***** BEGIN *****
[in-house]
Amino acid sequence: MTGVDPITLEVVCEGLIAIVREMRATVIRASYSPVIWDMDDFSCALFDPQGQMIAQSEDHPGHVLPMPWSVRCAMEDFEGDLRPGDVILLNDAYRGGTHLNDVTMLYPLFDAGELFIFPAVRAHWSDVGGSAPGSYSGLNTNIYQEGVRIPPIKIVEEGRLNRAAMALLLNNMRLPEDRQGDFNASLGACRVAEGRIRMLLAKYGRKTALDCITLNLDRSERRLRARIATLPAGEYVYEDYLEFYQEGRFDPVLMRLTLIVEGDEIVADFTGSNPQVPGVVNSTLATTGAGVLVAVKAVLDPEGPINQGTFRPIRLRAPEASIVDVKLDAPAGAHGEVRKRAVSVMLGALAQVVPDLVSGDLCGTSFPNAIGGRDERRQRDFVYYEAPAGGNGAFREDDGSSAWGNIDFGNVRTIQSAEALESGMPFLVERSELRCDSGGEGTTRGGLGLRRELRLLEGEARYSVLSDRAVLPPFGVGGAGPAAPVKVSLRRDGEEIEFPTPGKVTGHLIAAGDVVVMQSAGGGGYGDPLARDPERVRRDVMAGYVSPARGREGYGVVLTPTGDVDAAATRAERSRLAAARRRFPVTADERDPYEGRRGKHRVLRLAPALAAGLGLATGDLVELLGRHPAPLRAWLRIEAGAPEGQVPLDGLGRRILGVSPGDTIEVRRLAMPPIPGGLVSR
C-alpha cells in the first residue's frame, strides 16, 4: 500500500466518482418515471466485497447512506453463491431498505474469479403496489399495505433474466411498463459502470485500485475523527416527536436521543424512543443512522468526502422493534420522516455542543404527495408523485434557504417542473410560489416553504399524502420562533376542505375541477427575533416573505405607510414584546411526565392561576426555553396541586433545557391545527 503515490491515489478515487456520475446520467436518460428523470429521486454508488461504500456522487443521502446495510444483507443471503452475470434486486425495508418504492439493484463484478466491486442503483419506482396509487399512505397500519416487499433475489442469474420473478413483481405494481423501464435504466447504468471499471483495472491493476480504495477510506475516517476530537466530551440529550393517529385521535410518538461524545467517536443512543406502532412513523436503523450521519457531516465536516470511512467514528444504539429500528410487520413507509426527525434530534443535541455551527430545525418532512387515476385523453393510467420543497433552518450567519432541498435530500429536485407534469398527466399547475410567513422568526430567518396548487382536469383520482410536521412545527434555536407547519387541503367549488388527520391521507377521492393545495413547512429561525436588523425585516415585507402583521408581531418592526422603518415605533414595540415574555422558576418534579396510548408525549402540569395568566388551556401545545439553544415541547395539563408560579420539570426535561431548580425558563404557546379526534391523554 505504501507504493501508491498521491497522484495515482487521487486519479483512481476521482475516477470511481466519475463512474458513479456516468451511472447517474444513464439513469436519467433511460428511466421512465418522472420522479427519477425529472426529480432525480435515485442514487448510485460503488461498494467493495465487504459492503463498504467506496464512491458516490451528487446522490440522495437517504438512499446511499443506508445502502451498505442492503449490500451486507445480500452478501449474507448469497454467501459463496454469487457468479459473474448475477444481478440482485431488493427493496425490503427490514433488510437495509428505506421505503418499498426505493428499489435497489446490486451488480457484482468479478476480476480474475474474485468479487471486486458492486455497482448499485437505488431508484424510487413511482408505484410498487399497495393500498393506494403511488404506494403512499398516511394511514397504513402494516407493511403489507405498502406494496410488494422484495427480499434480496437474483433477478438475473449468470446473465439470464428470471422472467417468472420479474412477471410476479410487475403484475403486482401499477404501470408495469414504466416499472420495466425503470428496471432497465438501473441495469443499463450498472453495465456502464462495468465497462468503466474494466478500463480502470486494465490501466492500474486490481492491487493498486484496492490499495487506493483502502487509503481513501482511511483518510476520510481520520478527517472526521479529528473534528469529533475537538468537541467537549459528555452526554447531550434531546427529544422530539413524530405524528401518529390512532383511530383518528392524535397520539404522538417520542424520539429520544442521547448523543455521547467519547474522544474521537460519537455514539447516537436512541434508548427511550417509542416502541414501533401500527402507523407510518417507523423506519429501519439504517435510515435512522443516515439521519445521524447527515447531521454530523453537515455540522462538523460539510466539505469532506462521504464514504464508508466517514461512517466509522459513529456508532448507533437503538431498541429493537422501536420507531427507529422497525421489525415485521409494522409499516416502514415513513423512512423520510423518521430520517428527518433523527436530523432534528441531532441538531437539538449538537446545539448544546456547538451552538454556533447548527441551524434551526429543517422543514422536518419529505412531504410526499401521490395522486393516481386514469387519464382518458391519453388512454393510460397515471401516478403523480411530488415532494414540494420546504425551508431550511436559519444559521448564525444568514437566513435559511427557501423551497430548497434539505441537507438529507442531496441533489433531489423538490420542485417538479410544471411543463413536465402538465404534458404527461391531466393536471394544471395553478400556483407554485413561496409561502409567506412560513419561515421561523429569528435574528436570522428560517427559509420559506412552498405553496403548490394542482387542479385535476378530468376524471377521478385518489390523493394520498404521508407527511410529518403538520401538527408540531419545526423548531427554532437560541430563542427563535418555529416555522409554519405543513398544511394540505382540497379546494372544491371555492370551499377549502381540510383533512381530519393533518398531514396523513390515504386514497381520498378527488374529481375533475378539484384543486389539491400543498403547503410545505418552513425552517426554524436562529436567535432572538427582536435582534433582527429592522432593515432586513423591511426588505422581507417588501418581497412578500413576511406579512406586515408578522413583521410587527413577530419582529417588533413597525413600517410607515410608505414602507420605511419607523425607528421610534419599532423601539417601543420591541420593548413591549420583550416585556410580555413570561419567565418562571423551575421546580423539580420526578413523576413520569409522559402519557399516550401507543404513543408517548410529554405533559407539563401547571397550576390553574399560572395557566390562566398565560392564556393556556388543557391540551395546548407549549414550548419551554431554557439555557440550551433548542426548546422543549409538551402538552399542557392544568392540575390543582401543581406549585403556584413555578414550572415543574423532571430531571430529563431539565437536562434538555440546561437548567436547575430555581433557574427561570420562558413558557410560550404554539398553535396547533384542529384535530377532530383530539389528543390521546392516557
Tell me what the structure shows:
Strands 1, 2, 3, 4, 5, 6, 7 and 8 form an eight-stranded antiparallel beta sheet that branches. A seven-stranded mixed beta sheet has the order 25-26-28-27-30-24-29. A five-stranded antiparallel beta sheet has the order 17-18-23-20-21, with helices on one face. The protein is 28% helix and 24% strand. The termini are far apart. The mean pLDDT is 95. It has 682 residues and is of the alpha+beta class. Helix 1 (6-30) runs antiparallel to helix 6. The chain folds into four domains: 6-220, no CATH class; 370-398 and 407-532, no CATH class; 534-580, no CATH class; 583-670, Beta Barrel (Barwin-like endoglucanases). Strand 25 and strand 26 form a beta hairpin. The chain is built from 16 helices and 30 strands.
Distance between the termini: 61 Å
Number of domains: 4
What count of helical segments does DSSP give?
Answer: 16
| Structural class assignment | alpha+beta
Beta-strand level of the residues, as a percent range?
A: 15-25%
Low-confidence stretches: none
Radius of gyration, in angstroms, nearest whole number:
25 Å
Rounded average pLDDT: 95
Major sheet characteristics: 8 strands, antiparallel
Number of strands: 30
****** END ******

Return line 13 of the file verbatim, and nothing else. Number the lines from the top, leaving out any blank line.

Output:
Low-confidence stretches: none